There is in fact no difference in security between a 128-bit symmetric key and a 256-bit symmetric key. The reason is that security against brute force is relative to the technological means available to the attacker, and there is no way that the technology in the foreseeable future will allow a 128-bit exhaustive search to be performed with non-negligible chances of success.
By "foreseeable" here, I mean "within the next 30 years". Anybody who claims to be able to predict technological advances for longer times is either a time traveller or a filthy liar. Note in particular that it I claim that there will not be, in the next 30 years, a quantum computer that is large enough to run key tests on 128-bit AES and can do so for 264 steps -- the latter condition being very non-trivial. It is of course conceptually possible that mathematical advances will be found, that would simplify exhaustive search, but this is highly speculative and there is no real indication that a 256-bit AES key would resist such things better than a 128-bit AES key (in fact there are some esoteric attacks, called "related-key attacks", which fortunately do not apply to practical cases, and for which AES-256 is weaker than AES-128).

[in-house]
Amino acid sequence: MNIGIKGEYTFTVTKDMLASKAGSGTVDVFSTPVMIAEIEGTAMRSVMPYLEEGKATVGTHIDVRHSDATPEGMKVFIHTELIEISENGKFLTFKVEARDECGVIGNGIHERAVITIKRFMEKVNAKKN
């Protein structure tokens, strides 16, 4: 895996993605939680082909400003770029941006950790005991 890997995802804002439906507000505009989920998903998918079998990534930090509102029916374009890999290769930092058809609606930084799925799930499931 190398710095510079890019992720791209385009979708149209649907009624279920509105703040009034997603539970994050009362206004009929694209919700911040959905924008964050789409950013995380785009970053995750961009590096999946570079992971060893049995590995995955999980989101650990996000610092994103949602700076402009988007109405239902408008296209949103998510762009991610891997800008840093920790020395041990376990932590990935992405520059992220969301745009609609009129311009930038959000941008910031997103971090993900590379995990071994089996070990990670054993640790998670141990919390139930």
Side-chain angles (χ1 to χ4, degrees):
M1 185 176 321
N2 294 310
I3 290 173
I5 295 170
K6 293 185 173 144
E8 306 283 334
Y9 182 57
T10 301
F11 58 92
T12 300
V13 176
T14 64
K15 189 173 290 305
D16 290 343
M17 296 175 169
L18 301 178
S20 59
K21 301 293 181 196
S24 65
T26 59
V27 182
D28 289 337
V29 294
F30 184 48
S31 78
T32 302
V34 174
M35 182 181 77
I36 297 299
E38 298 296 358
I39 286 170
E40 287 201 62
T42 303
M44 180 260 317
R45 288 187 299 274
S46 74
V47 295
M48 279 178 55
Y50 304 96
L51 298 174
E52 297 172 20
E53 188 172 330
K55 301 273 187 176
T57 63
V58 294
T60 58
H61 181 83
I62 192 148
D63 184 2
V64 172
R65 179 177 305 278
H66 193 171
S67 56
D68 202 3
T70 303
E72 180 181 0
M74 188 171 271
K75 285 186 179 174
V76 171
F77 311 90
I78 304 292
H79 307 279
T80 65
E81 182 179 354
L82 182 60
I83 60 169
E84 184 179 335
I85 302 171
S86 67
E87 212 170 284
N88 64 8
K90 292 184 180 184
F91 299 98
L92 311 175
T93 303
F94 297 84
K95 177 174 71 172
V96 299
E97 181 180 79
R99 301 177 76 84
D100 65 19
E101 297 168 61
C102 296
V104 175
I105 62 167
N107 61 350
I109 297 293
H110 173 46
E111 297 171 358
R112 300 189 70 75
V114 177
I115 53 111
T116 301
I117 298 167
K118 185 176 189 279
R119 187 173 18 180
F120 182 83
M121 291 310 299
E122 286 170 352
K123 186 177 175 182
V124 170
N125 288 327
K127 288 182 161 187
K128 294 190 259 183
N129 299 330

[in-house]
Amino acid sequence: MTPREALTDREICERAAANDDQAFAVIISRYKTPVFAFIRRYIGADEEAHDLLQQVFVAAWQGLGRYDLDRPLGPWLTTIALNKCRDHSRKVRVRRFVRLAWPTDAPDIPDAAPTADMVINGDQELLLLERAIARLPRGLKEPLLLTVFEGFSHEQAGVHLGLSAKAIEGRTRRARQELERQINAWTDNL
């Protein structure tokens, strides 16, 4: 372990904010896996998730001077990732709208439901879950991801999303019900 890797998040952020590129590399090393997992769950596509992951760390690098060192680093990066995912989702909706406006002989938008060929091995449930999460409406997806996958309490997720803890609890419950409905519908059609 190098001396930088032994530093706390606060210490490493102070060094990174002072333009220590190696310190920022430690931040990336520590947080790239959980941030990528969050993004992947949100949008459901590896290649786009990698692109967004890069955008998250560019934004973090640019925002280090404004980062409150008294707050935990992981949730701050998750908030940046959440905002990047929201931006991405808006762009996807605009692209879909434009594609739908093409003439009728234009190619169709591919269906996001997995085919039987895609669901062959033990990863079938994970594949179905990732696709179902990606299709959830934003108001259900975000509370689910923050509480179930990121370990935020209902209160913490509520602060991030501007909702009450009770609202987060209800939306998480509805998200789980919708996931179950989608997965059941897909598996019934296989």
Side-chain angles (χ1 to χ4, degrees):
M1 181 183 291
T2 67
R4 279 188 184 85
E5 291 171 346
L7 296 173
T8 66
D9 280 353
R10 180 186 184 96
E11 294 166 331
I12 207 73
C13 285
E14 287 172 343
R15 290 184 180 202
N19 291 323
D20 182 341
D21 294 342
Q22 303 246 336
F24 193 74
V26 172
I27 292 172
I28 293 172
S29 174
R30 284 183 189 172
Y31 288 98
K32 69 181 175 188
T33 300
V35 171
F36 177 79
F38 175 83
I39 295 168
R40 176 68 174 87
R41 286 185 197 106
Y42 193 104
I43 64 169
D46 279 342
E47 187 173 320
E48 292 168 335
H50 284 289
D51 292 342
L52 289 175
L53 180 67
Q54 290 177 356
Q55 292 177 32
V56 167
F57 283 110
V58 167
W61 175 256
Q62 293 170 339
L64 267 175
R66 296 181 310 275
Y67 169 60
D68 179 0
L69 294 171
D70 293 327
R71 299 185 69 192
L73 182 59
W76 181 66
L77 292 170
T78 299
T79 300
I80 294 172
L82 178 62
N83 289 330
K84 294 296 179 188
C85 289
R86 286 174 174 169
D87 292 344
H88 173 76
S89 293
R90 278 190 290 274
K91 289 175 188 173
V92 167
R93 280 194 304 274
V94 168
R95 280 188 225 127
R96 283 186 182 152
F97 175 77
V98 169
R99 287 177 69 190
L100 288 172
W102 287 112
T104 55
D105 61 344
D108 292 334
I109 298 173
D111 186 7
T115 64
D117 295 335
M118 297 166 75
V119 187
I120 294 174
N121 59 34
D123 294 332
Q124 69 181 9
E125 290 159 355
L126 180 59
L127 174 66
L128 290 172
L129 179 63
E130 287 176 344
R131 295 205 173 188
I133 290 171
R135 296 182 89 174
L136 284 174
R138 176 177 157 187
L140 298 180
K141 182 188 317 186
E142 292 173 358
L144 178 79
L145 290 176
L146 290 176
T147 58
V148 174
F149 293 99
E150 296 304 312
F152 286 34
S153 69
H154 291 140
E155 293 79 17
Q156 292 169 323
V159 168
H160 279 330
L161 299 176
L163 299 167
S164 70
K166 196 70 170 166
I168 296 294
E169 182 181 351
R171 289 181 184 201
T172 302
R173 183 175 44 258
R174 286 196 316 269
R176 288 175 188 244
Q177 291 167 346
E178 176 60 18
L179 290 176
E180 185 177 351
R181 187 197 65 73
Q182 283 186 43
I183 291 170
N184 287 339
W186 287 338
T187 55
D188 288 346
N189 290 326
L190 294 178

Since there is nothing stronger than non-breakable, one can say that AES-128 and AES-256 are equally good for security. We may even say that AES-128 is slightly preferable, since it is slightly faster (but it won't matter much).
That being said, in OpenPGP format, passphrases are turned into keys through a string-to-key transform. The recommended one (the "iterated and salted" transform) hashes a long concatenation of multiple repetitions of the passphrase and the salt. The total size of that which is hashed is configurable, but the point is that each passphrase try should cost a lot. This mechanically increases resistance to exhaustive search. For instance, if the iteration count is such that a passphrase-to-key transform costs as much as about one million AES invocations, then you only need 108 bits of entropy in the passphrase to reach 128-bit equivalent security. Of course, increased cost is increased cost: you do not get extra security for free.
The iterated-and-salted S2K uses an inner hash function which could be SHA-1 or even MD5, but it is not needy with regards to the cryptographic robustness of that underlying hash function. Even if it is the very broken MD5, and even so MD5 output is only 128 bits, the iterated-and-salted S2K is defined in such a way that it can still keep about all your passphrase entropy in the resulting key. Thus, if you have 256 bits or more of entropy in the S2K input (the passphrase), and you want a 256-bit output key, then that output key will have at least 255 bits of entropy.
(If you have exactly 256 bits of entropy in the input, you expect a theoretical 255.34 bits of entropy in the output.)
To sum up: there is no "gotcha" in the way the passphrase is turned into an encryption key, but even if there was, you would still get a security level that is not different, in any practical meaning of the term, to the theoretical "256-bit" level.